Incense is found in so many venues — churches and other places of worship, yoga studios, meditation chambers — that to some it may seem to epitomize the aromatic delivery system. Should it be so?
I’d like to explore the arguments for preferring essential oils to incense.
Both incense and essential oils have been used for thousands of years for a variety of purposes, including promoting spiritual practice. Both are, ideally, made exclusively from plant materials with no additives. So why might one be better than the other?
Early incense contained nothing other than ground herbs, plant gums, and honey. Most incense you buy today, however, is a combination of a wide variety of substances, some natural, some not. Furthermore, the way in which incense is created varies greatly. Plant and other natural materials are sensitive to heat, humidity, pressure, and so on, so how these materials are processed to make incense truly matters.
Incense consists of aromatic plant materials, often combined with essential oils, and can be categorized into two main types: indirect-burning and direct-burning. Indirect-burning incense is non-combustible and cannot burn on its own. For example, when I used to burn Frankincense and Myrrh, I would place the resins on a smoldering piece of coal. In addition to being messy, there was the burning coal to be wary of.
Direct-burning incense is combustible on its own, so it doesn’t require a separate source of heat. Most incense available today is of this type: Light it, blow it out, let it smolder.
The main difference between diffusing essential oils and burning incense is that when you burn incense smoke is produced. This smoke includes such gaseous pollutants as carbon monoxide as well as various nitrogen and sulfur oxides.
It’s also important to reiterate here that the most commonly available types of incense are synthetic and can fill the air with their own toxic substances in addition to the polluting by-products of burning.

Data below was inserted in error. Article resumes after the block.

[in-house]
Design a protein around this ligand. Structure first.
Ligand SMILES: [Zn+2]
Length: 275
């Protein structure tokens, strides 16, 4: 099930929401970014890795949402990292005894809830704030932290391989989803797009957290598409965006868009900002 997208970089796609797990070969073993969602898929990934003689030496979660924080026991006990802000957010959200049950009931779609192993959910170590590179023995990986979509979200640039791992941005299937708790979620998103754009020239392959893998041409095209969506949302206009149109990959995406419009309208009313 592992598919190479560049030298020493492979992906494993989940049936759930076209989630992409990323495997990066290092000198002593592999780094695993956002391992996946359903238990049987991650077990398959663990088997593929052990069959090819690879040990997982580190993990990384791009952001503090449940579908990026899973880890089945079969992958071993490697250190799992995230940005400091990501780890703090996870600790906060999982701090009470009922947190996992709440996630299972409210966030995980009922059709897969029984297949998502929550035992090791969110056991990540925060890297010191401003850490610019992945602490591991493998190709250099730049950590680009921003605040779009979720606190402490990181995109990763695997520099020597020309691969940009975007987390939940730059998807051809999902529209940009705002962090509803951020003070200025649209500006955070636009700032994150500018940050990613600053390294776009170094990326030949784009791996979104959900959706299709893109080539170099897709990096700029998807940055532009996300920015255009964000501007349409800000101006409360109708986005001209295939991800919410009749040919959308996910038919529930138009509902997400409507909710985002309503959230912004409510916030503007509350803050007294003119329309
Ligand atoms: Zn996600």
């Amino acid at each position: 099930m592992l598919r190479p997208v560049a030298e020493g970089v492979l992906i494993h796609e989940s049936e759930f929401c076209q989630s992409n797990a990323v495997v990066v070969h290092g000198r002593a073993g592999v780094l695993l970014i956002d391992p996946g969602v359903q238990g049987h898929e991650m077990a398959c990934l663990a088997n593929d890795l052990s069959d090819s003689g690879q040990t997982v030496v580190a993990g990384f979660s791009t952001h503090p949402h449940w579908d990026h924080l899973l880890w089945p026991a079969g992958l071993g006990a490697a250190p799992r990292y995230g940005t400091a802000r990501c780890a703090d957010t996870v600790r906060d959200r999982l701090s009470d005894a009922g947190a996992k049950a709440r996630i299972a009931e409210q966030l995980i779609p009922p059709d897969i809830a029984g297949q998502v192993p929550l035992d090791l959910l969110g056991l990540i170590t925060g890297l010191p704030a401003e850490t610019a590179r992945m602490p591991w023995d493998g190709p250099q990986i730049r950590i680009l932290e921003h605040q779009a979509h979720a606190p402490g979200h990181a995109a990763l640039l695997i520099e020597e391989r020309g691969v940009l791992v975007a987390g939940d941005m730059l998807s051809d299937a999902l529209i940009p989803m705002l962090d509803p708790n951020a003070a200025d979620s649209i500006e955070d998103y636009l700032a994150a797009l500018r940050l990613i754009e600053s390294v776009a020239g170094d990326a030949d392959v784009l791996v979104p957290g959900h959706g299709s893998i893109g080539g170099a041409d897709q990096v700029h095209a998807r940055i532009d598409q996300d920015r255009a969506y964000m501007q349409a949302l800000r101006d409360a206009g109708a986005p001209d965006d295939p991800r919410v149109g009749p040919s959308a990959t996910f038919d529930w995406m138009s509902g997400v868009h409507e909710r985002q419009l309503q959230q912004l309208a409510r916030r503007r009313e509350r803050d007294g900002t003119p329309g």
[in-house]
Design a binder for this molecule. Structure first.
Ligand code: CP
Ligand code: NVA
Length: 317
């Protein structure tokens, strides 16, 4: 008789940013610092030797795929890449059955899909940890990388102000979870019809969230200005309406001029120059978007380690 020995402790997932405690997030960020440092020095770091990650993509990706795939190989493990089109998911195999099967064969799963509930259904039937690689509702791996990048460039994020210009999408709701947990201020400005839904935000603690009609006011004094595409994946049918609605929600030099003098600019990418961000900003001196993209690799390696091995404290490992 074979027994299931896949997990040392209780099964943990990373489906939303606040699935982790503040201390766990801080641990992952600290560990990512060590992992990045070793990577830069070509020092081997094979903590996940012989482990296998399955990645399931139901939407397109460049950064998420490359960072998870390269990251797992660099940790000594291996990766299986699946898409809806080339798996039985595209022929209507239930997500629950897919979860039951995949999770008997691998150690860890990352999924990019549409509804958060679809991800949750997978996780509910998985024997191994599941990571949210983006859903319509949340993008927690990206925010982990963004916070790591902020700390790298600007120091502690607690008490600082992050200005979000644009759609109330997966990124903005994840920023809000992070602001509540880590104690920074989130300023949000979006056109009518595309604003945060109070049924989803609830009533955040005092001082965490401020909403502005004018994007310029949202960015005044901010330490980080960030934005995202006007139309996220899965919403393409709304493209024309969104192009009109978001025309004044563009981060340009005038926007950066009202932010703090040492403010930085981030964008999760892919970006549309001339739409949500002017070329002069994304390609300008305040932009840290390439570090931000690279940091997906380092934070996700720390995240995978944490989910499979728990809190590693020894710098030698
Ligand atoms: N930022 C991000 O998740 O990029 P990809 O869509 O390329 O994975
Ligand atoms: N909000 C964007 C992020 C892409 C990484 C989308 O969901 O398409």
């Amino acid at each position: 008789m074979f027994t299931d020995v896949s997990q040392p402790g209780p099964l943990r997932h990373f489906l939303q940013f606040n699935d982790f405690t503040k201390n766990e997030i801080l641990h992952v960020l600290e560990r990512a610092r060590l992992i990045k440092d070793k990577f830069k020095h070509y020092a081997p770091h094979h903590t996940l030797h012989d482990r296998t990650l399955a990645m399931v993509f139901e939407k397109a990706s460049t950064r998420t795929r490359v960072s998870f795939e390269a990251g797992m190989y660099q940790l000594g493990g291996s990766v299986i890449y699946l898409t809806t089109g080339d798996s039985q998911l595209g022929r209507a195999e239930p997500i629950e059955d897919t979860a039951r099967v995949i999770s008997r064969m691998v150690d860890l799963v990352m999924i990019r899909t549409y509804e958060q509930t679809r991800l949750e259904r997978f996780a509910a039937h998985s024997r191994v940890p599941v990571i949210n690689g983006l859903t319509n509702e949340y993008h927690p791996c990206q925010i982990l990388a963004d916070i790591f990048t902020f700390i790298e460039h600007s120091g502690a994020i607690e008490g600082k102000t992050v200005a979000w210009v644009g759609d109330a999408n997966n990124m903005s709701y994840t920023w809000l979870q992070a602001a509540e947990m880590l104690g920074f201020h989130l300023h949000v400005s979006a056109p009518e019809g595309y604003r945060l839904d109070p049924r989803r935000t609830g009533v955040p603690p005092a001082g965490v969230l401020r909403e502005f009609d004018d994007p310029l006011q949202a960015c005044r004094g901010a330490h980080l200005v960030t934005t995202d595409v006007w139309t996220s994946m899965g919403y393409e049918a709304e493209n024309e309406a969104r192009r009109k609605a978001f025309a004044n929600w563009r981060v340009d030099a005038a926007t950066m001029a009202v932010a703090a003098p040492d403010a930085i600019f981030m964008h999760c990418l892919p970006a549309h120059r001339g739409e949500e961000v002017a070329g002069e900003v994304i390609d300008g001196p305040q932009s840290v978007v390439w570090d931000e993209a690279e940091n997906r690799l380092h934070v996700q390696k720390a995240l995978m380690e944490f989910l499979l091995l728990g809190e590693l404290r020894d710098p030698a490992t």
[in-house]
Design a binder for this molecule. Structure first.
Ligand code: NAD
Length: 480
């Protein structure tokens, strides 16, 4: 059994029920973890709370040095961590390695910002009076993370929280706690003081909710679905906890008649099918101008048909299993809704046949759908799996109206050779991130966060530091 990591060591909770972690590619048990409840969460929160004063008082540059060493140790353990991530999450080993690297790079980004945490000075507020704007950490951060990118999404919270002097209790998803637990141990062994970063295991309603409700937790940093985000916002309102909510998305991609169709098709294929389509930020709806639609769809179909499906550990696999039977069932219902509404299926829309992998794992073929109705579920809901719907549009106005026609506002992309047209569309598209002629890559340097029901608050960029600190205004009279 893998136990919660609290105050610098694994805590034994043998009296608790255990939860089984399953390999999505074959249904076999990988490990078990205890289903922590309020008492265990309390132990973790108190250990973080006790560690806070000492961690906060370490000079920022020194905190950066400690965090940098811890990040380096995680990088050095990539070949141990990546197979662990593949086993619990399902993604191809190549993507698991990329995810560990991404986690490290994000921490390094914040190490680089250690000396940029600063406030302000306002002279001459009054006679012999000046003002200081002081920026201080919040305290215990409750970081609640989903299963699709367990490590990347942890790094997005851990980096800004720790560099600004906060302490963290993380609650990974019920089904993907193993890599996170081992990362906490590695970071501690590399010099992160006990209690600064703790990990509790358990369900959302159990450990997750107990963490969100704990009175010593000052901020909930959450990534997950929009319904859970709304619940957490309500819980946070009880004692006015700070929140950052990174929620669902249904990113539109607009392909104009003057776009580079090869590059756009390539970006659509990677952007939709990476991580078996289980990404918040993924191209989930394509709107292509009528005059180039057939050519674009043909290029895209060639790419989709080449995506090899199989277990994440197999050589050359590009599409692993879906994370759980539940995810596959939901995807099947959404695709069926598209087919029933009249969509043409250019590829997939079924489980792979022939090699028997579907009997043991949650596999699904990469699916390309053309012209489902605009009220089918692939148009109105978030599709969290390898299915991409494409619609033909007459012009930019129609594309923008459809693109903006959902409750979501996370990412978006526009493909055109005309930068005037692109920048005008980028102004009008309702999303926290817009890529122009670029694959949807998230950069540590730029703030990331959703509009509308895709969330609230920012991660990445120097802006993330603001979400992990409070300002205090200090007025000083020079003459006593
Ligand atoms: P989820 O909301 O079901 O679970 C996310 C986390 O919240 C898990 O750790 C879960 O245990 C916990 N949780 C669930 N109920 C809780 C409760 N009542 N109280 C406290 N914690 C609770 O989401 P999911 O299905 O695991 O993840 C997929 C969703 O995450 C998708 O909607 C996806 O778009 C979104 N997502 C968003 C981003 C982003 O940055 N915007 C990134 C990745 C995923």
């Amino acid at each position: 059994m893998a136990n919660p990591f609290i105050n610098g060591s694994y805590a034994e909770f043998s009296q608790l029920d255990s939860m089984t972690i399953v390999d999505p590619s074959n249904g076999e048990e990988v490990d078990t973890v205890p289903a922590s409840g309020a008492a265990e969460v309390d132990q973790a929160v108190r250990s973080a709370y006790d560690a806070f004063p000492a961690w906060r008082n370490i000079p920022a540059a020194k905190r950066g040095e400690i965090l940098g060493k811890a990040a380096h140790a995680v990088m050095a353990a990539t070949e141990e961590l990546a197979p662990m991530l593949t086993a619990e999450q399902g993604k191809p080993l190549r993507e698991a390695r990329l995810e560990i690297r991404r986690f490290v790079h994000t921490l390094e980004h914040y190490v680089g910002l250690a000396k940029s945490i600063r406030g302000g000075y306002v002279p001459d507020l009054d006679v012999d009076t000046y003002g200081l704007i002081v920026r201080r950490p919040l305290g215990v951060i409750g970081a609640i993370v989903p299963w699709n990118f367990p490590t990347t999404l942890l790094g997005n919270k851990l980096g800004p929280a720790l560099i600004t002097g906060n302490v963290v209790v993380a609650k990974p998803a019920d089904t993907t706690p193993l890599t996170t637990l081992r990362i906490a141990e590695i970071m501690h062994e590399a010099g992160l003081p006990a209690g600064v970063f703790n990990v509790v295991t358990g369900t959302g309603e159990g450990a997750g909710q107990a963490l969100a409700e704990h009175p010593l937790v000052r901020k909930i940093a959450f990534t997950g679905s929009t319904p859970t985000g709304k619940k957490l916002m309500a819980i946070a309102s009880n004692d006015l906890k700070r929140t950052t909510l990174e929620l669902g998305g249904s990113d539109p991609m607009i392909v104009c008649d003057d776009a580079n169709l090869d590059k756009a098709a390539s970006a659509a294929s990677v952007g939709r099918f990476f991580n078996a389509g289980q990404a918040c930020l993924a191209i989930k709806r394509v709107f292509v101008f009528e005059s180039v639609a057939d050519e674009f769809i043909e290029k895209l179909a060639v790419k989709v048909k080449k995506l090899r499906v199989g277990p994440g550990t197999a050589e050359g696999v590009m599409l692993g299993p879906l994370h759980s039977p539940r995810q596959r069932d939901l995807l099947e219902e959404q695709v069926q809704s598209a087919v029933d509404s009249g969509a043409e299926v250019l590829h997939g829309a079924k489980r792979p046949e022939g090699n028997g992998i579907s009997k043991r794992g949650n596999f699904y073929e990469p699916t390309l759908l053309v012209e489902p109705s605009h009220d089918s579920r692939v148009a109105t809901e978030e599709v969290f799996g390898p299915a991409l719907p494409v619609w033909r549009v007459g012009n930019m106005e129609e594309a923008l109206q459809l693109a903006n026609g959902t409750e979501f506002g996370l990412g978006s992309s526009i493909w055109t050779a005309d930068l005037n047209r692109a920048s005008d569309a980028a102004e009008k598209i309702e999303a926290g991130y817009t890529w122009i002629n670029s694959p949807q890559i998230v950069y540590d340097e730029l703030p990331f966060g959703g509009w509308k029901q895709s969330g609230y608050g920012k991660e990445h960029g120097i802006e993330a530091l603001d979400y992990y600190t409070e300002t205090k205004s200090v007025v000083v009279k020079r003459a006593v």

Furthermore, consider one of the most commonly available forms of incense — the dipped incense strip. The actual incense blanks may be made with inferior pressed wood and glues that are toxic when burned. So no matter how pure the actual incense, the final product, when burned, may still be toxic.
The oils I work with are pure therapeutic grade oils and have undergone substantial in-house and third-party testing to assure that they are all-natural with nothing added and nothing taken away. Yes, most if not all of what you’d find commercially available is synthetic or, at the least, has synthetic additives. But I can hook you up with the real thing.
Furthermore, essential oils don’t need to be mixed with anything to release their aromas. I am, for example, able to diffuse my Frankincense and Myrrh exactly as I diffuse all my other oils — safe, clean, effective. Nor do they need to be adulterated to fit on a stick or hold together in a cone or whatever. They are simply and purely the essential oils extracted from the oil sacs of plants.
There are three ways to enjoy essential oils — aromatically, topically, and internally. It’s the aromatic use that’s most directly analogous to the burning of incense. I’ve written elsewhere about diffusing essential oils. This method of use is especially well-suited to creating an atmosphere of peace, serenity, liveliness, energy, quiet, and so on. Pick the atmosphere you want for a particular purpose and choose your oils accordingly.
And there are no by-products. When you diffuse an essential oil, there is vapor but no smoke, no flame, no heat. High heat actually destroys the beneficial properties of essential oils. These oils come from plants. In the same way that we destroy the health benefits of the plants we eat when we expose them to too much heat so, too, do we destroy the health benefits of essential oils.
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I hope I’ve piqued your interest in essential oils. They are amazing, and I love them. Want to learn more? Or get started diffusing your own oils, perhaps to support a meditation or prayer practice? Please contact me. I’d love to hear from you!
I enjoy the efforts you have put in this, thankyou for all the great posts.
Thank you, Samuel, for visiting my website. I hope you stop by frequently!
Peace and blessings,
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Peace and blessings,
I could not refrain from commenting. Very well written!
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